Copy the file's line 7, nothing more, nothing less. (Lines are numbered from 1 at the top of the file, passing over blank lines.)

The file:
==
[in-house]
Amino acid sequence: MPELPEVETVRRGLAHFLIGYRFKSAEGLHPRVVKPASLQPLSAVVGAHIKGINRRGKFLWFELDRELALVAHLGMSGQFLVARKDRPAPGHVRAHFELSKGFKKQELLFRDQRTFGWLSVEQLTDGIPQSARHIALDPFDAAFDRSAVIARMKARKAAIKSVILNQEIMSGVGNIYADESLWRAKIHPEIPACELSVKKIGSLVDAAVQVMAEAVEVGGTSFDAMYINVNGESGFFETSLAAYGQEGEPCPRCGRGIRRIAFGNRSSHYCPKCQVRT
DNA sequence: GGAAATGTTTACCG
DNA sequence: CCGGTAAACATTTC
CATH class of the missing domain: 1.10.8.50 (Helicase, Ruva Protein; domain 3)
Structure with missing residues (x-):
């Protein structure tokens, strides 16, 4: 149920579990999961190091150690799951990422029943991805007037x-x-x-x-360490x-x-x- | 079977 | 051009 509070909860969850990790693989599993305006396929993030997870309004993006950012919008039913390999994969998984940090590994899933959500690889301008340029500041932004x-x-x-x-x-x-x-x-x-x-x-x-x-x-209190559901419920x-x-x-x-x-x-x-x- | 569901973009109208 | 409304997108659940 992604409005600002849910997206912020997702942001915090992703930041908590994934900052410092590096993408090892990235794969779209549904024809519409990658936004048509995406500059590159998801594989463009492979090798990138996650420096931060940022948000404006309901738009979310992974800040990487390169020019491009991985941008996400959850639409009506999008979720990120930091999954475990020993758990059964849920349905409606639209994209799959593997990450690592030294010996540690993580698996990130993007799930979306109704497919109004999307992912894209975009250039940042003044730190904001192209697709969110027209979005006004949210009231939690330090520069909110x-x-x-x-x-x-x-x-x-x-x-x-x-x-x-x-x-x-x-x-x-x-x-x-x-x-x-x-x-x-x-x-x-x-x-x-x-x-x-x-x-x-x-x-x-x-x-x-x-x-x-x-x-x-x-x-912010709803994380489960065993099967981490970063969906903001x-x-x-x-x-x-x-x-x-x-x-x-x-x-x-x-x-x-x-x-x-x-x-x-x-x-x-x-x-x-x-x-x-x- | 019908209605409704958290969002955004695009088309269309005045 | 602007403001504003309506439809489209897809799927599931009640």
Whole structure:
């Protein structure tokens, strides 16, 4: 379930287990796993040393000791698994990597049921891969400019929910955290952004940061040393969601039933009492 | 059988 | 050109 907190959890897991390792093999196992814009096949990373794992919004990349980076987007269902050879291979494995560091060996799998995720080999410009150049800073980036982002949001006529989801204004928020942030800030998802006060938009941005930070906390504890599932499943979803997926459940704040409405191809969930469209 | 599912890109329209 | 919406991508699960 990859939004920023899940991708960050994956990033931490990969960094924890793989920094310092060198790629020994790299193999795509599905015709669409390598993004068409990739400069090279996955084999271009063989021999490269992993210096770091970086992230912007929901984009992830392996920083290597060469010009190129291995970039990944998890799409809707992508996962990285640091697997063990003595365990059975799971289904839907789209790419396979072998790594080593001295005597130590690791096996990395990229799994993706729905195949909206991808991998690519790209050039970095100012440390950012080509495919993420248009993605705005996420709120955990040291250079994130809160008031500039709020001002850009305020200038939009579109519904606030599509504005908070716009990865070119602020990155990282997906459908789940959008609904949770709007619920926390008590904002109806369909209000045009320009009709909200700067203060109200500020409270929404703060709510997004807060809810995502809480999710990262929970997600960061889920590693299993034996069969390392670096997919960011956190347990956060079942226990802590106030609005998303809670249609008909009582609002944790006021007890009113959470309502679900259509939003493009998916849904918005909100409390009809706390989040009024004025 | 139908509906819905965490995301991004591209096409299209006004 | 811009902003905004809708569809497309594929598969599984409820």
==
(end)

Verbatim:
């Protein structure tokens, strides 16, 4: 149920579990999961190091150690799951990422029943991805007037x-x-x-x-360490x-x-x- | 079977 | 051009 509070909860969850990790693989599993305006396929993030997870309004993006950012919008039913390999994969998984940090590994899933959500690889301008340029500041932004x-x-x-x-x-x-x-x-x-x-x-x-x-x-209190559901419920x-x-x-x-x-x-x-x- | 569901973009109208 | 409304997108659940 992604409005600002849910997206912020997702942001915090992703930041908590994934900052410092590096993408090892990235794969779209549904024809519409990658936004048509995406500059590159998801594989463009492979090798990138996650420096931060940022948000404006309901738009979310992974800040990487390169020019491009991985941008996400959850639409009506999008979720990120930091999954475990020993758990059964849920349905409606639209994209799959593997990450690592030294010996540690993580698996990130993007799930979306109704497919109004999307992912894209975009250039940042003044730190904001192209697709969110027209979005006004949210009231939690330090520069909110x-x-x-x-x-x-x-x-x-x-x-x-x-x-x-x-x-x-x-x-x-x-x-x-x-x-x-x-x-x-x-x-x-x-x-x-x-x-x-x-x-x-x-x-x-x-x-x-x-x-x-x-x-x-x-x-912010709803994380489960065993099967981490970063969906903001x-x-x-x-x-x-x-x-x-x-x-x-x-x-x-x-x-x-x-x-x-x-x-x-x-x-x-x-x-x-x-x-x-x- | 019908209605409704958290969002955004695009088309269309005045 | 602007403001504003309506439809489209897809799927599931009640």